Over the course of Daffodil Day, 150 people will receive a cancer diagnosis in Ireland, and over 40,000 people will hear the words ‘you have cancer’ by the end of 2017.

This year is the 30th year of Daffodil Day. Since 1988, Irish Cancer Society volunteers and supporters have been instrumental in funding vital care and support for thousands of cancer patients and their families.

This support has allowed for major investments in cancer research which is impacting on survivorship in Ireland, with six out of ten cancer patients surviving cancer now, compared to four out of ten when Daffodil Day first began.

Des Bishop with Dora Bracken, a Daffodil Volunteer for 30 years

Speaking ahead of Daffodil Day, Taoiseach Enda Kenny said he was delighted to support the fundraising event.

"The Irish Cancer Society has been instrumental in the fight against cancer and in providing support and information to cancer survivors and their families," he said.

“Furthermore, over the 30 years that Daffodil Day has been running, the people of Ireland have assisted in raising a phenomenal amount – over €66 million – for cancer services and research."

"To all of the supporters, survivors and volunteers around the country, I say a heartfelt well done. It is vital that organisations like the Irish Cancer Society continue to be a voice for cancer patients and survivors.”

Enda Kenny with Mille Sunderland 

Ahead of Daffodil Day, RTÉ's Teresa Mannion, who is a breast cancer survivor, reflected on our own experiences with the disease.

“I will never forget hearing the news that I had Triple Negative Breast Cancer, one of the most aggressive forms of the disease" she said.

"I knew I was at risk due to my age, but still I was in shock that this could happen to me."

"Hearing the words ‘you have cancer’ is very frightening, but thanks to advances made in cancer research more people are surviving cancer now than ever before"

Teresa with sisters Mille and Lola Sunderland.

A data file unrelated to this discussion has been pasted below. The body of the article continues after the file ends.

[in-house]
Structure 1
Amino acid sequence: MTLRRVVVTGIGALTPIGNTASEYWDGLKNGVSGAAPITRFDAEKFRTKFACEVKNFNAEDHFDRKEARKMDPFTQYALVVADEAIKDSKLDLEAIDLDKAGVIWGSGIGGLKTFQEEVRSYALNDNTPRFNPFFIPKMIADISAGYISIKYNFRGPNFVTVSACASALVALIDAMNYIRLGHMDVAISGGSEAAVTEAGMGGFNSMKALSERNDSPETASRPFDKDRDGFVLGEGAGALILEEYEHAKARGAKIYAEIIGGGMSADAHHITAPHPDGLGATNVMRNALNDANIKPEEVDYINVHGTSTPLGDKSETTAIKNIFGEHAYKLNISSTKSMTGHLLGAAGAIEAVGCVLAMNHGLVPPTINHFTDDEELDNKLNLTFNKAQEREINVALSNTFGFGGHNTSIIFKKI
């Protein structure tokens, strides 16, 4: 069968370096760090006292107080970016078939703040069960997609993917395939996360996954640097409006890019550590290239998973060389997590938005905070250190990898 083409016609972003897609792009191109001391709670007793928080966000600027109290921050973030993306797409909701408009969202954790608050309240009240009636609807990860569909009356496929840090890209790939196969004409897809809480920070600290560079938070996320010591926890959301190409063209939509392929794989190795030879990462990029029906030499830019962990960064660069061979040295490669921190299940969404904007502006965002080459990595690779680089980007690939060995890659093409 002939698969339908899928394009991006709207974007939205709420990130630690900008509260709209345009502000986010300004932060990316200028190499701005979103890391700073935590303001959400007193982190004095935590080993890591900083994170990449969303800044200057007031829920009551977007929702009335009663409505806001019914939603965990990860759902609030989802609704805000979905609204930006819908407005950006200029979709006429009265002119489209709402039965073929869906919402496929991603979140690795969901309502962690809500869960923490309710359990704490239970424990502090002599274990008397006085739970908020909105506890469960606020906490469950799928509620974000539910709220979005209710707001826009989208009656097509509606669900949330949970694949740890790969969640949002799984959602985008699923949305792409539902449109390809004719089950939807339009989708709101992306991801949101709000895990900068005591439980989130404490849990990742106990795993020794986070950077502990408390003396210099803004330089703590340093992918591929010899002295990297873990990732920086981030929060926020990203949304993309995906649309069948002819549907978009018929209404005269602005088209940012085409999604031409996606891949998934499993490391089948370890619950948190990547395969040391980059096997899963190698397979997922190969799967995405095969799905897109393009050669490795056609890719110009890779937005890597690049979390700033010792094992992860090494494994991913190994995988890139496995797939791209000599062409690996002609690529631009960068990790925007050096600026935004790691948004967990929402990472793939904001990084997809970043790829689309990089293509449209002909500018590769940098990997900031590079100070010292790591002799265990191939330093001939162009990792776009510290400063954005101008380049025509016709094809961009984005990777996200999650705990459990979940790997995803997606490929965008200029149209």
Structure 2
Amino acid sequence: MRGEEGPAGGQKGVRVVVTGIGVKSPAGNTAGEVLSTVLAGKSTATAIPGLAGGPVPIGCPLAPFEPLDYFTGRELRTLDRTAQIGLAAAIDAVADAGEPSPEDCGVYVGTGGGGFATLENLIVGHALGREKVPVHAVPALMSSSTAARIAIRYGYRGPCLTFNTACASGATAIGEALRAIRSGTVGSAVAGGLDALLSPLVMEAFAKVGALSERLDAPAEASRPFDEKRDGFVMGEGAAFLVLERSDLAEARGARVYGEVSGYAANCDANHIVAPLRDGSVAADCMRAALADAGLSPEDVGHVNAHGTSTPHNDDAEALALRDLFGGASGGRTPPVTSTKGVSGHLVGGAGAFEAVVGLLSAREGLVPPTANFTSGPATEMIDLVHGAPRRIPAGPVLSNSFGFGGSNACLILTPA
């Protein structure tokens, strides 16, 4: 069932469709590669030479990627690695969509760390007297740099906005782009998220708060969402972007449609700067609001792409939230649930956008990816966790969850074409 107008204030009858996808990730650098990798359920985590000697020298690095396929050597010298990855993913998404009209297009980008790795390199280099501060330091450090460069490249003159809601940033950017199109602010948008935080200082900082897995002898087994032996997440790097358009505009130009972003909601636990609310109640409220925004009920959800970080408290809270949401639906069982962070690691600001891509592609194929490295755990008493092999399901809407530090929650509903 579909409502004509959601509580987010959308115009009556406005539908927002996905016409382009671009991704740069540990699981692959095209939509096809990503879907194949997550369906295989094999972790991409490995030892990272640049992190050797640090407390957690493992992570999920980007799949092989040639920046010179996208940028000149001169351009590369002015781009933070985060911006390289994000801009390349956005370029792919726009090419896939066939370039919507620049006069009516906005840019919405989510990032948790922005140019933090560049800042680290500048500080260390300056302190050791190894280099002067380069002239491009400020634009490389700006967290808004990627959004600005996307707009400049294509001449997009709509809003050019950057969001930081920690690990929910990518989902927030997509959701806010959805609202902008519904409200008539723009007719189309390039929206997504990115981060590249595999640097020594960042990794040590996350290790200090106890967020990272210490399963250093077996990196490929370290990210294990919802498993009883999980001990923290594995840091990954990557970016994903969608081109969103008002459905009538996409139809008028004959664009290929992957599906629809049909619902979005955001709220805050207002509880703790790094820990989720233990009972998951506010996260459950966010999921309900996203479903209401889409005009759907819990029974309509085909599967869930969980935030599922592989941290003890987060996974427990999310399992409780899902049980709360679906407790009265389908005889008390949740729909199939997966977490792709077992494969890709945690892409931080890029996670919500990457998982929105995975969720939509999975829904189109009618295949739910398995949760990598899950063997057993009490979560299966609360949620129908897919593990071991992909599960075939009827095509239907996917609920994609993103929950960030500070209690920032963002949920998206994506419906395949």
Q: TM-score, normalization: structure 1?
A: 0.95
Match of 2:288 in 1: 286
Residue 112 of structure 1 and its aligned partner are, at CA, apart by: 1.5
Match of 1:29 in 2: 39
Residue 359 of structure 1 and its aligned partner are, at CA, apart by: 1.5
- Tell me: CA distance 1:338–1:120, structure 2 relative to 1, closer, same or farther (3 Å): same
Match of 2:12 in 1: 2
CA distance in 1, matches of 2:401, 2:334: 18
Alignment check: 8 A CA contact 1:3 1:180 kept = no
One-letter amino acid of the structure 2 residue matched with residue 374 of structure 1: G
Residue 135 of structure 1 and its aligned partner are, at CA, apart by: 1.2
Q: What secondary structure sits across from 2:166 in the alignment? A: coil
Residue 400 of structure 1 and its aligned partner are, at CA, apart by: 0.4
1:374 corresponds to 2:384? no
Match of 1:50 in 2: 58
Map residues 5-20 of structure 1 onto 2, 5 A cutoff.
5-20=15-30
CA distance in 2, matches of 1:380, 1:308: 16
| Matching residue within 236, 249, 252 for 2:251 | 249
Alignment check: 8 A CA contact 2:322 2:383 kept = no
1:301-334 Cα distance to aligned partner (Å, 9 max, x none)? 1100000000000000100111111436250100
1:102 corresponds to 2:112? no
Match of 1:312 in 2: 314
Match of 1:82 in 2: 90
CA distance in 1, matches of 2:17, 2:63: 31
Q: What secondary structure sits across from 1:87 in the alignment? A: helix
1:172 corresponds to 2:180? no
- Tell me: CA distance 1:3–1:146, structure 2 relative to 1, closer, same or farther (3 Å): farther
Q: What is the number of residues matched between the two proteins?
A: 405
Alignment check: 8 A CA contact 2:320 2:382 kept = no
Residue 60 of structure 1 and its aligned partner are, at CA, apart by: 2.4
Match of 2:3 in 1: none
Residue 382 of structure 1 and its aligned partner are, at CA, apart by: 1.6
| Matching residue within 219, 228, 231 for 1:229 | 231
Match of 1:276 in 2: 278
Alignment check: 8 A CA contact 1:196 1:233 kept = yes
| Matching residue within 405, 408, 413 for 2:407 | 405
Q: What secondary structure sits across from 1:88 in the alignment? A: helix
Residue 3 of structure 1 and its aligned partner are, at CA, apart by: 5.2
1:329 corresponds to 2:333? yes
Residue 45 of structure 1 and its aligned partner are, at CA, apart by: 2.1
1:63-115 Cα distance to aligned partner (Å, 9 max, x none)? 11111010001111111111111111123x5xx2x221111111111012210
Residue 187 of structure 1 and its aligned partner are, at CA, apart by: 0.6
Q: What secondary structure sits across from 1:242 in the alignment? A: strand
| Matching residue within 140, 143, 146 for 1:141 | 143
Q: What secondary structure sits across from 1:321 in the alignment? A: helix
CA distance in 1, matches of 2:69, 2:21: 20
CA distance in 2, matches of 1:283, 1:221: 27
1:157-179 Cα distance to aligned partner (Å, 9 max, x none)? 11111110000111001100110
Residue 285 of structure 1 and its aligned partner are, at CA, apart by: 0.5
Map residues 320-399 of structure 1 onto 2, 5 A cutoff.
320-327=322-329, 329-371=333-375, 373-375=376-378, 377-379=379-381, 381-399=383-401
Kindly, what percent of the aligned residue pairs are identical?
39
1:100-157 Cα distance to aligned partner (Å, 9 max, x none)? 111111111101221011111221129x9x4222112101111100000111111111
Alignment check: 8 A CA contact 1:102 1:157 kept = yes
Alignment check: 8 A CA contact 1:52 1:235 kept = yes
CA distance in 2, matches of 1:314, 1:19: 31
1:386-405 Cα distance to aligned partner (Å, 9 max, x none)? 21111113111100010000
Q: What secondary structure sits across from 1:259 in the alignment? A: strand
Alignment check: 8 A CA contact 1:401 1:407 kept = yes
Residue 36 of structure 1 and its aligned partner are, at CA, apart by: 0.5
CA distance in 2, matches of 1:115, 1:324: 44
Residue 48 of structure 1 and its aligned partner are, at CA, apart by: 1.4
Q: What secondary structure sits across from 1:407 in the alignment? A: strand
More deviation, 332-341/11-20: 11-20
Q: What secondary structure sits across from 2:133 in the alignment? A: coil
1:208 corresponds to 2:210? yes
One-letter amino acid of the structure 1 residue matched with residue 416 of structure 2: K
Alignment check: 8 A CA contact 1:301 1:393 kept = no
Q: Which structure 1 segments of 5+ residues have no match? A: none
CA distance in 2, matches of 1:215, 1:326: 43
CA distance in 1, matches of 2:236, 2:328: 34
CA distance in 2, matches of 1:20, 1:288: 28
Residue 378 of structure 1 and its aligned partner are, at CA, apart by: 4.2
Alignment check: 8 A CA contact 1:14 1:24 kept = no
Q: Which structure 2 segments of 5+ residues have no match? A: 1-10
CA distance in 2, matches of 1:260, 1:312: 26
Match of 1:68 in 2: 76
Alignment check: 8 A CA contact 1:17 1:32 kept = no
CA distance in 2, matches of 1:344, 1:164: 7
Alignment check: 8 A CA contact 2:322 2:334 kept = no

“I was diagnosed early through BreastCheck and am completely well four years on" Mannion explained.

"Daffodil Day is our opportunity to continue the fight against cancer and to support those currently on their cancer journey. I for one will be proud to wear the Daffodil on March 24th.”

How You Can Support:

This year Daffodil Day volunteers in every community in Ireland will be collecting to help provide free services for cancer patients, which are only made possible by donations on Daffodil Day.

The public can support Daffodil Day on 24 March by:

  • Buying a Daffodil pin from one of our volunteers
  • Tweet, Facebook or Instagram about #DaffodilDay
  • Make a donation by phone CallSave 1850 60 60 60
  • Donate at cancer.ie
  • Text Daff to 50300 to donate €4 now!*

*(100% of your €4 goes to the Irish Cancer Society across most networks. Some providers apply VAT where a minimum of €3.26 cent will go to the Society. Service provided by LikeCharity (01-4433890).)

For more information on Daffodil Day visit their website here.

Vital Cancer Services

The Society needs to raise over €3million this year to continue to fund lifesaving research and to provide vital information, care and support services to help the growing number of cancer patients in Ireland.

The Society’s Volunteer Driver Service has seen an increase of almost 70% in patients using the service over the last three years.

The service is carried out by trained volunteers and transports patients to and from their chemotherapy appointments in 21 hospitals nationwide. The number of journeys facilitated for patients rose to over 11,500 in 2016.

Other vital services available to cancer patients include the Society’s Night Nursing Service which provided 8,000 nights of care to last year, while the Society’s 13 Daffodil Centres and Freephone Cancer Nurseline provided advice and information to 42,000 people.

The Society also funds community based counselling services in local cancer support centres and demand for these services has risen by 490% in seven years.